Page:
At the intersection of global poverty and social innovation, Stat Zero unites governments with impact investors and social entrepreneurs who come together to solve pressing issues around the globe. Global issues of interest range from poverty alleviation to sustainability, with main focuses on “healthcare, energy, climate and sustainability, education, national infrastructure and social programs.” Thus far, Stat Zero has recycled more than 40 tons of plastic for carbon reduction and has given more than 100,000 people access to “digital medicine and finance” in the United States, Africa and Asia-Pacific.

Extended Reach

Additionally, the organization has extended its reach to include the goals of zero illiteracy and zero inequality. When choosing to invest in a social venture, Stat Zero ventures looks at the financials of the partnering company, assessing potential risks, the feasibility of the intended solution and whether the venture aligns with the “zero” mission.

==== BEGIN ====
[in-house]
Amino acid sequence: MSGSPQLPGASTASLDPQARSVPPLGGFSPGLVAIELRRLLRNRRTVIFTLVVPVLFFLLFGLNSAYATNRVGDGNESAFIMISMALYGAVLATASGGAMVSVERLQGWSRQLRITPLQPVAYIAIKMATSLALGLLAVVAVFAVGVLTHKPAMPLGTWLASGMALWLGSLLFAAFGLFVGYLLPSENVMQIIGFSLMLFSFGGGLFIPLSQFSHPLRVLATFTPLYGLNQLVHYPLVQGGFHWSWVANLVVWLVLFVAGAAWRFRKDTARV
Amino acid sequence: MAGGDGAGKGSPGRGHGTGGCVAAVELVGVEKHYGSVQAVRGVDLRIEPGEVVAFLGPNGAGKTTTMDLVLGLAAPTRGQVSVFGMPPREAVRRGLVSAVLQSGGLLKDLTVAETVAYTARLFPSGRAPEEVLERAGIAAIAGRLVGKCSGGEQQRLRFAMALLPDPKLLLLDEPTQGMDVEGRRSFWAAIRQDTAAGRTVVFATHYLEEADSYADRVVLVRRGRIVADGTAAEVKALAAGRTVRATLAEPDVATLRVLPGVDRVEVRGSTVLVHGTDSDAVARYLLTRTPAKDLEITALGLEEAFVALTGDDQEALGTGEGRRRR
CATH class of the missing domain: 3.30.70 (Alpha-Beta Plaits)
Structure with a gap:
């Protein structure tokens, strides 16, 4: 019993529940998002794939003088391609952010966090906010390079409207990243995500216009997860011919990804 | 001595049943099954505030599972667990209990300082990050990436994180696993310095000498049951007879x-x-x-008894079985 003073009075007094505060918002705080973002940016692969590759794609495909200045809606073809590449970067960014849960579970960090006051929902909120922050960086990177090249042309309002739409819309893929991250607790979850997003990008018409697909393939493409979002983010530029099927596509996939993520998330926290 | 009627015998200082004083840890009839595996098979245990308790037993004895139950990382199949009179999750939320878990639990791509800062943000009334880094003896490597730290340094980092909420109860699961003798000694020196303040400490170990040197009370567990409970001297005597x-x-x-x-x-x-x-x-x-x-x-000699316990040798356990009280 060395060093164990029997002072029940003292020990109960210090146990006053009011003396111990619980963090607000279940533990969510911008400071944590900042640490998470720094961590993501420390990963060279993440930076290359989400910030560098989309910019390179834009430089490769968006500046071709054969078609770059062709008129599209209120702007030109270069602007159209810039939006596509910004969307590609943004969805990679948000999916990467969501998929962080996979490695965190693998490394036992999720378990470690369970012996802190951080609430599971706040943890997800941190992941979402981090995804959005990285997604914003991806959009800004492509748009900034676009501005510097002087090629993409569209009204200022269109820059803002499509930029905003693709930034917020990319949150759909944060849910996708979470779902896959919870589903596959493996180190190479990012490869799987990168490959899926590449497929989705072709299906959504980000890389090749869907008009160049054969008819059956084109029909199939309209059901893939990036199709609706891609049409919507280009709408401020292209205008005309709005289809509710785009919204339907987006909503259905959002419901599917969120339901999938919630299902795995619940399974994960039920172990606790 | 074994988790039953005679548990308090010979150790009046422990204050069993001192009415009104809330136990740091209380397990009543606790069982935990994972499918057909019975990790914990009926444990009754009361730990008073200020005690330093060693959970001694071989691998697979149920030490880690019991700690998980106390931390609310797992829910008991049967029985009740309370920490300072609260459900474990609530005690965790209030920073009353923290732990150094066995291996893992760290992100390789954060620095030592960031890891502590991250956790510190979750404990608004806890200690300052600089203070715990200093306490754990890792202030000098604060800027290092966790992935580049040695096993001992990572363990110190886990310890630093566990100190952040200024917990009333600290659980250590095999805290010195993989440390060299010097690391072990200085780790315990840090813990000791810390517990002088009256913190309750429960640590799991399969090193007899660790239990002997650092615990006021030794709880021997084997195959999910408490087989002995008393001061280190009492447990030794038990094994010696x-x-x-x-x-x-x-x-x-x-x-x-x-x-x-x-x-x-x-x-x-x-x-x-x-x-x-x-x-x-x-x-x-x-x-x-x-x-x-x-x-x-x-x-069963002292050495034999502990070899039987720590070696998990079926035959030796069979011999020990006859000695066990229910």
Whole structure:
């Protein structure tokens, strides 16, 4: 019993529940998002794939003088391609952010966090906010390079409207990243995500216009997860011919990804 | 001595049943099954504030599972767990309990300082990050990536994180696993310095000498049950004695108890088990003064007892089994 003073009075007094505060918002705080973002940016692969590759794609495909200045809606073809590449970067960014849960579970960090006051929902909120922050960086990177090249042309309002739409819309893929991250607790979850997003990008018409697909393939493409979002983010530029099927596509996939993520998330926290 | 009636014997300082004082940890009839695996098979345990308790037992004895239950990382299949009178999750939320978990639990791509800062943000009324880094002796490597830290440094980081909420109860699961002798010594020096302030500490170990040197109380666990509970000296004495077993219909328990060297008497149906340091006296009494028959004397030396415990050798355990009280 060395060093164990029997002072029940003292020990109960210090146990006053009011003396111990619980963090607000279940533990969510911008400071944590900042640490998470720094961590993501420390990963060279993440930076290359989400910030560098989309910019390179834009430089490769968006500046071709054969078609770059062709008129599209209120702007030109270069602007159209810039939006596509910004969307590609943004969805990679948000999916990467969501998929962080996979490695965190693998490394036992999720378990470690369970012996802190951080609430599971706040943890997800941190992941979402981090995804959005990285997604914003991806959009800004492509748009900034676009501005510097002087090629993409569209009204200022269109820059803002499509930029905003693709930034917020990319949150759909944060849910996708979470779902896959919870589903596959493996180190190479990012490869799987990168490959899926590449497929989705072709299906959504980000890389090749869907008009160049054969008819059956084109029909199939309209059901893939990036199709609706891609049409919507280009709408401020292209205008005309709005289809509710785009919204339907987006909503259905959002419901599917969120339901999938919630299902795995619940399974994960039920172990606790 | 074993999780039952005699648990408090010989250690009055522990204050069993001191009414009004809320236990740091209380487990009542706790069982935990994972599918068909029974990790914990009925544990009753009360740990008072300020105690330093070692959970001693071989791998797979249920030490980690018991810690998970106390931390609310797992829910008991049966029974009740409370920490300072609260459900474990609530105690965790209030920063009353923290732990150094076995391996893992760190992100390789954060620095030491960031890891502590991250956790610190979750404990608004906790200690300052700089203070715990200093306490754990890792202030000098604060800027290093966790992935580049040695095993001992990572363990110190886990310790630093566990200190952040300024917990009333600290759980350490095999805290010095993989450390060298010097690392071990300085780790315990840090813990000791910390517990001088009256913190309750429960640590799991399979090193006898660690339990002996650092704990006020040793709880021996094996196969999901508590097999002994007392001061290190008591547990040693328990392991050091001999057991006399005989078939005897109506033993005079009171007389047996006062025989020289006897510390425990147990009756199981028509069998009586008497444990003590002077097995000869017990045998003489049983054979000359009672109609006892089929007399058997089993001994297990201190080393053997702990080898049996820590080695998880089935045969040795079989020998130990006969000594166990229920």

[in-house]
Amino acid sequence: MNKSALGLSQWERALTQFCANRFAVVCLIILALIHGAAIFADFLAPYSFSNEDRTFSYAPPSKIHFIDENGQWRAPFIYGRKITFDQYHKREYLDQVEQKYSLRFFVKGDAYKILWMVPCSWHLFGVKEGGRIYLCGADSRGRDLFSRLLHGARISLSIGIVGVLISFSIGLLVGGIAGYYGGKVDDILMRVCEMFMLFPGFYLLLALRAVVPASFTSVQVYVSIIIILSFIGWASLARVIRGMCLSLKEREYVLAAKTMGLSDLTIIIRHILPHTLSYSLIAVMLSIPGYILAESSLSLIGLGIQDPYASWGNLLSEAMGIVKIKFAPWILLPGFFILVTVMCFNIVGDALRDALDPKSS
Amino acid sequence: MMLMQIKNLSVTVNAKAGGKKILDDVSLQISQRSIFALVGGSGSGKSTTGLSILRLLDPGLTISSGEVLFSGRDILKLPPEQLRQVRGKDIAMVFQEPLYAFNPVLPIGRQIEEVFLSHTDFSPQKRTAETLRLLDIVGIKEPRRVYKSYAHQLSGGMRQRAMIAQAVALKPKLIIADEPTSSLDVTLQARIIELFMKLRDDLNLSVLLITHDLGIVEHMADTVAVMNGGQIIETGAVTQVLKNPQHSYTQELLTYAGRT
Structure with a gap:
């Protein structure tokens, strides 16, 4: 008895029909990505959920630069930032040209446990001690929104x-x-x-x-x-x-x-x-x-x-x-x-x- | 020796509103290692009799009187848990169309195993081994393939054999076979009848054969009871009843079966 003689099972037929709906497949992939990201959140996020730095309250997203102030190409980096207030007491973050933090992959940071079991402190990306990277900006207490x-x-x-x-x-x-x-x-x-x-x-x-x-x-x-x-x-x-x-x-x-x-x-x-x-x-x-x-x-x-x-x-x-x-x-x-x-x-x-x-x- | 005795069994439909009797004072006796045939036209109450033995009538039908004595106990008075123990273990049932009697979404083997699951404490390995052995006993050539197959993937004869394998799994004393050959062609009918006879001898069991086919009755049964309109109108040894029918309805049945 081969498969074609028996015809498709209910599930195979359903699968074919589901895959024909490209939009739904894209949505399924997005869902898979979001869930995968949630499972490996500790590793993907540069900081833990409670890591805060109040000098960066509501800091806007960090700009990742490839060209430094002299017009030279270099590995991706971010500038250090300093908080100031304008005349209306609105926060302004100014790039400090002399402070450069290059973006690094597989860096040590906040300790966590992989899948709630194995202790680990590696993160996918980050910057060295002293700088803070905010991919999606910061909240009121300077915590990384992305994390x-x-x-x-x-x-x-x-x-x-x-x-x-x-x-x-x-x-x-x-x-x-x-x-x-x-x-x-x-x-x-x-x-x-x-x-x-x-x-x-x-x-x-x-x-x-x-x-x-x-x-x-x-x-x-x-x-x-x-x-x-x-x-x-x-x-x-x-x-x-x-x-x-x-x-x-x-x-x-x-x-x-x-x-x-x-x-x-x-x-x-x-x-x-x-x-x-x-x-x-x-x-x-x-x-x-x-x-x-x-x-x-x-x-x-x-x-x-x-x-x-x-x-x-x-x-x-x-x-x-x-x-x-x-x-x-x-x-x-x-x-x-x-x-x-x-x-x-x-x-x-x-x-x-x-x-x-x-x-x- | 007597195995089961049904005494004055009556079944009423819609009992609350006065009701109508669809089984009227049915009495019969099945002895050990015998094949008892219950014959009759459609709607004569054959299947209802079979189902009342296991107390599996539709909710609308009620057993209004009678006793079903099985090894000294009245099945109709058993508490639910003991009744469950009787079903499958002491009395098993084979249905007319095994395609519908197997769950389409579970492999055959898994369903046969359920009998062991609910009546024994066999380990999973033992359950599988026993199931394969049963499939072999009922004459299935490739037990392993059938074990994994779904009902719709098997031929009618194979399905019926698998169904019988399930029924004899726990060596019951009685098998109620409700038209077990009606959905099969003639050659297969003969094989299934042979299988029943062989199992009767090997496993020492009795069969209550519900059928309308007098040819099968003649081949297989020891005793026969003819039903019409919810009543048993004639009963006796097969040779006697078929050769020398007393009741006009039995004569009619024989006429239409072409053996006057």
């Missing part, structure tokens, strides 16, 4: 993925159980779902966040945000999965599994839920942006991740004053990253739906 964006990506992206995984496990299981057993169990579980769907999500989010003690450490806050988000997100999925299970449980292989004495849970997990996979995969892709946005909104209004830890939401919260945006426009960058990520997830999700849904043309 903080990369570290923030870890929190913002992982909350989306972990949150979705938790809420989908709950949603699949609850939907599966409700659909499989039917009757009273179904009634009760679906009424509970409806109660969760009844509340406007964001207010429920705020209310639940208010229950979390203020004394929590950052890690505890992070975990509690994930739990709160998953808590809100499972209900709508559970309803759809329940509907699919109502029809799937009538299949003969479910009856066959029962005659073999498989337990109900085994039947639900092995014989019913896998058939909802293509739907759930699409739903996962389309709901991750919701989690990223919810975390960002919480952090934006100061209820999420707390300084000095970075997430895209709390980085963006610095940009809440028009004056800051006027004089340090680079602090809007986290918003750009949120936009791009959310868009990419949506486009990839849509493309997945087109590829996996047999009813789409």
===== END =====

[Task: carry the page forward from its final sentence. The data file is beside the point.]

Stat Zero provides industry experience to government authorities in China, Switzerland, Canada and Mexico. This expertise guides advice on environmental, social and corporate governance (ESG), investing in best practice strategies to rebuild local economies in these countries.

Technological Innovation and Global Poverty

Uniting challenges of global poverty and social innovation advances the ability to address issues of poverty, social equality and sustainability through creative outlets. Stat Zero forges strong technological partnerships with investment firms that allow for innovation of ideas that limit waste, build wealth and advance healthcare and educational access to those in poverty.